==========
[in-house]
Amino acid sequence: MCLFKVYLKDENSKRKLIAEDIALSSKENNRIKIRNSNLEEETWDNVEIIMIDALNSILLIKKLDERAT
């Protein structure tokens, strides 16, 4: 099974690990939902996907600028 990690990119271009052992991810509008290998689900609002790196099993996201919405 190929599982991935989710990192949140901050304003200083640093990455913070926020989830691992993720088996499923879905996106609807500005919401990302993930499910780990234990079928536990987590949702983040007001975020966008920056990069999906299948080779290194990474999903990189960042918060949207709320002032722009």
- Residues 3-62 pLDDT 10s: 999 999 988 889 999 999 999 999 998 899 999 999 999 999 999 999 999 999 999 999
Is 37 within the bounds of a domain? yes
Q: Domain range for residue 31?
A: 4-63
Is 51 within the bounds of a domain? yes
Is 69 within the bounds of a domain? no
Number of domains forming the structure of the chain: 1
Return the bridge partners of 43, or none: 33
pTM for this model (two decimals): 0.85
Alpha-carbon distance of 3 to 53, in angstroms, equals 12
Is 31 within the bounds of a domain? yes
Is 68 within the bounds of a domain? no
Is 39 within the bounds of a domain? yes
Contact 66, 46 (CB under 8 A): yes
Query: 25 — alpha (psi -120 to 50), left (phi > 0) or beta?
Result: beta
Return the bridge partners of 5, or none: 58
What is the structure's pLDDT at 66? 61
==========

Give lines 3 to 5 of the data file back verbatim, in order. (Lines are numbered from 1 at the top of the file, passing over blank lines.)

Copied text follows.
């Protein structure tokens, strides 16, 4: 099974690990939902996907600028 990690990119271009052992991810509008290998689900609002790196099993996201919405 190929599982991935989710990192949140901050304003200083640093990455913070926020989830691992993720088996499923879905996106609807500005919401990302993930499910780990234990079928536990987590949702983040007001975020966008920056990069999906299948080779290194990474999903990189960042918060949207709320002032722009």
- Residues 3-62 pLDDT 10s: 999 999 988 889 999 999 999 999 998 899 999 999 999 999 999 999 999 999 999 999
Is 37 within the bounds of a domain? yes